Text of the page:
Retired professional boxer and Army Public Affairs Officer Boyd Melson was inducted to the Jewish Sports Heritage Association Sunday, April 29.
A 501(C)(3), the Jewish Sports Heritage Association, INC is an educational organization dedicated to educating the public about the role Jewish men and women have played in sports and showing Jewish youth that there is nothing they cannot achieve.
All honorees were introduced by Master of Ceremonies Barry Landers at Temple Israel in Lawrence, NY. Each honoree then give a speech and received a plaque from the Jewish Sports Heritage Association.
Following a solid amateur career, Melson had an 18 fight pro career and finished with a record of 15-2-1 with 4 wins by knockout. He won the WBC USNBC 154 pound title in 2015 and retired in 2016. While his pro career was definitely a success, Melson’s ultimate goal was to raise funds and awareness for multiple causes including chronic spinal cord injuries and narcotics addiction.
Between donating 100% of his fight purses, private donations and charity galas, Melson helped raise close to a half million dollars. Shortly after his retirement from pro boxing, Melson announced he was running for Congress in District 11, covering Staten Island and South Brooklyn. He was considered one of the top candidates and had strong support.
In December 2017, the selfless Melson withdrew from the congressional race, volunteering to serve our country in Iraq. In offering to get deployed, Melson assisted another Army Reserve member that received a special opportunity domestically in the Reserve that would greatly benefit her family.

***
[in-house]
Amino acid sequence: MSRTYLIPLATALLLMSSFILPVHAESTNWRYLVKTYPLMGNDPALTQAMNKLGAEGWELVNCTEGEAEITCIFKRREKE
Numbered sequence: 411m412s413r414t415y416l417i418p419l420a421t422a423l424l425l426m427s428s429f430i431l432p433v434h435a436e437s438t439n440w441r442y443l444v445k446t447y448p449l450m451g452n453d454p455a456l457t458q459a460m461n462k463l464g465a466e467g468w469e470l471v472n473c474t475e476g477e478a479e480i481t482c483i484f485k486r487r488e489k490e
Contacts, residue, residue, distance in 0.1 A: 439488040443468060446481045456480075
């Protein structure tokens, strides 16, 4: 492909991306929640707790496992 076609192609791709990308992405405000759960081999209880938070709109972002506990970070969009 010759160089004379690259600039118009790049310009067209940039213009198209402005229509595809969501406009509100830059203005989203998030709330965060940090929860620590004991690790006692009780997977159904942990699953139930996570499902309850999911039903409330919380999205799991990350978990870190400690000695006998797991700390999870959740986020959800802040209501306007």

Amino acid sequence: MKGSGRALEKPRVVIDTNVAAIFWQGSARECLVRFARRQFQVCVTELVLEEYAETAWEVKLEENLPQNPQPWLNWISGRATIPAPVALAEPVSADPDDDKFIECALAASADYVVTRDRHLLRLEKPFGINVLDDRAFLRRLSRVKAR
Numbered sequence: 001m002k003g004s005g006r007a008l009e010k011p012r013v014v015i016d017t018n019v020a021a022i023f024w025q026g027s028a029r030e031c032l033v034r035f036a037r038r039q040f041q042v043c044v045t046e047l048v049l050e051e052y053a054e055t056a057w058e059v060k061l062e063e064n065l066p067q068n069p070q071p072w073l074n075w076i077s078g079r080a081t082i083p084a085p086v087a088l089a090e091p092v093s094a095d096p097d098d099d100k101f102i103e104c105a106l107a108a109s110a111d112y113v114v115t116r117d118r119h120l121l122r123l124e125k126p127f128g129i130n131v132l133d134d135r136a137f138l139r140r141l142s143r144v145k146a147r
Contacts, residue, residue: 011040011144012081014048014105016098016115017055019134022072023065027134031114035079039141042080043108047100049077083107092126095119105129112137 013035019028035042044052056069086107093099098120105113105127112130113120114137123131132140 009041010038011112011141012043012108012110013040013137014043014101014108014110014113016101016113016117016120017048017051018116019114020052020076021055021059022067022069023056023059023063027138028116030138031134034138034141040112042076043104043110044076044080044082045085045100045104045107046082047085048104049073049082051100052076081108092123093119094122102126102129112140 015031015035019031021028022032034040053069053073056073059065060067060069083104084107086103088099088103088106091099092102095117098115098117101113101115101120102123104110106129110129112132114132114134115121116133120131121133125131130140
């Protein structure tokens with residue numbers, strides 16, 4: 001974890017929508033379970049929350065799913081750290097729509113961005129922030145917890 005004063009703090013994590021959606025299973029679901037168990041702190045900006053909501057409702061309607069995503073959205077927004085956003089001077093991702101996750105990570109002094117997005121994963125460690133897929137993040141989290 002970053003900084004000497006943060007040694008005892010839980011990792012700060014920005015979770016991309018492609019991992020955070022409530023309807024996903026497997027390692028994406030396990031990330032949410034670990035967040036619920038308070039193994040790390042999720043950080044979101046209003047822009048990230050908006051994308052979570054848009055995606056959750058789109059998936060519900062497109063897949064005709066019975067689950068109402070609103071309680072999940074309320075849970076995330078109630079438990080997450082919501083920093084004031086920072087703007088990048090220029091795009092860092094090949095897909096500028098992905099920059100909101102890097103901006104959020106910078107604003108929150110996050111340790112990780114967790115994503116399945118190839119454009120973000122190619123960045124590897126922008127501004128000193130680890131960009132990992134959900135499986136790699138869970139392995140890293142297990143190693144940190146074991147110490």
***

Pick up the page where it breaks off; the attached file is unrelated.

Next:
Currently in Iraq, Melson was elated when he was notified of this special honor, which was accepted by his mother Anette, Uncle Leo and retired Coloniel Alessi.
“Here we are. Earning an honor that was a product of me following what my heart beats with divine love, and having to receive this honor in harms way due to me making a choice that is consistent with my heart’s values. I find myself here helping by doing my part to defeat the ugliest and most horrific form of human endeavor I have ever experienced. While doing this, I am highly aware that the people I am helping, who are extremely welcoming and friendly, might look at me through a different lens if they knew I was and am Jewish. It is an interesting paradox. This honor I am receiving is solely dedicated to my Zayda and my Bubbe (grandmother and grandfather).
My Zayda left his body five years ago, and my Bubbe is one of the last Holocaust survivors on this planet. My Zayda was conscripted to serve to fight the Nazis in World War Two. HE SURVIVED. He created a family after surviving that absolute evil, and brought them all here to the United States. I am because of him. I am an American Citizen, born in this great country, because of his courage and strength. I think about this daily with where I am now, and I do mean daily. My Zayda put on a military uniform to fight an evil similar to how I am doing today. His spirit was close to my soul when I made this choice. I know I am being honored for being what I completed as a Jewish professional athlete, and I thank you. Please forgive me however for placing a much greater important at this moment, as an African American, as a Jew, as a West Point Graduate, as an Army Officer, as an athlete, and as a HUMAN BEING, on the narrative I gave above. That is what is sitting on me here. I hope one day, that every individual in this part of the world who we are helping, and who may not have kind feelings towards Jews, learns that Jewish American military servicemen came here and helped them because it was right and because we swore an oath. I see it as my responsibility being Jewish,being an American, and being a soldier.”